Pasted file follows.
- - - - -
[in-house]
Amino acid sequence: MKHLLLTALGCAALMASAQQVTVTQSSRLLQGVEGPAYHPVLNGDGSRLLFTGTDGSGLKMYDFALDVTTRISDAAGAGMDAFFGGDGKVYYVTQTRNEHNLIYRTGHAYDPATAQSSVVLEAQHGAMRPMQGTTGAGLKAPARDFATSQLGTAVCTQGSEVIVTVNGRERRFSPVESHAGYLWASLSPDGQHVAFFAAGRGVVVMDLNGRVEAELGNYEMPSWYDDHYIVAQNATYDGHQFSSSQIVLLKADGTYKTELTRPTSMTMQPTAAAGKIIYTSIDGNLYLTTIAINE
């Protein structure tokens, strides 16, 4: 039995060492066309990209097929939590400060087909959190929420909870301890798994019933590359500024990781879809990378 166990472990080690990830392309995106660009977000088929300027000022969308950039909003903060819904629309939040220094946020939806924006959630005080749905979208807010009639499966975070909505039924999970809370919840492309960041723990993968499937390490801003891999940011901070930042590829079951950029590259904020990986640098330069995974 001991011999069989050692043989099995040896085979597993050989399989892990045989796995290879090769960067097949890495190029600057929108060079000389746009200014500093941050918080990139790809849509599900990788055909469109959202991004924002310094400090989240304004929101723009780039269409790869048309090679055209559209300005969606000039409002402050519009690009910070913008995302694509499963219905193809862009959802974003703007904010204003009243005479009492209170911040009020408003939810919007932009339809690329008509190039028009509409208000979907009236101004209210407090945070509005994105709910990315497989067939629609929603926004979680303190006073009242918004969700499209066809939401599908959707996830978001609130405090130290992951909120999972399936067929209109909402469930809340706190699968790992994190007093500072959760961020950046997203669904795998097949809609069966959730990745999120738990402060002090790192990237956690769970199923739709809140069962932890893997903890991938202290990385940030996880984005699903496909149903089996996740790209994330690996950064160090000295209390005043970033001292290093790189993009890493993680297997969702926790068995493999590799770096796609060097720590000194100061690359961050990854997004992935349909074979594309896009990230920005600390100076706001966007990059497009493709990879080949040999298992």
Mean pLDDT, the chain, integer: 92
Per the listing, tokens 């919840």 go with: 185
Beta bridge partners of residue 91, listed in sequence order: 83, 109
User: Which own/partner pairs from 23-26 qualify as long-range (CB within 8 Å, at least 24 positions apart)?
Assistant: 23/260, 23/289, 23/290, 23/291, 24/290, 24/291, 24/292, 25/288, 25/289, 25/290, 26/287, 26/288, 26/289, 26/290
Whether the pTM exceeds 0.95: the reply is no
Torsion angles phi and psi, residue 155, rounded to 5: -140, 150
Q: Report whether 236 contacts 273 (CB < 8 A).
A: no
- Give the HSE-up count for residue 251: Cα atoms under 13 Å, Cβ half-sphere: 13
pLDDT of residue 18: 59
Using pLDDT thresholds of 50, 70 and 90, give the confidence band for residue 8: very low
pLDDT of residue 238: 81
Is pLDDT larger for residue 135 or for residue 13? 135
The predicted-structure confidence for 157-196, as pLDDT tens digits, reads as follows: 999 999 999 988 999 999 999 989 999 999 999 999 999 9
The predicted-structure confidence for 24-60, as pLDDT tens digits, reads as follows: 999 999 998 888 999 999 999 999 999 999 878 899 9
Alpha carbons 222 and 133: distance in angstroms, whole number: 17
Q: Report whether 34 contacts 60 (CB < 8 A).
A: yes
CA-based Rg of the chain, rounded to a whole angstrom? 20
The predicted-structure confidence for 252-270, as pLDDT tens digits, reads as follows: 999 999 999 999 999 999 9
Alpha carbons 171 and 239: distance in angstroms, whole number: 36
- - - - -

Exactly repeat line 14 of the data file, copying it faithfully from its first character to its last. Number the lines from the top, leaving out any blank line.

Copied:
pLDDT of residue 18: 59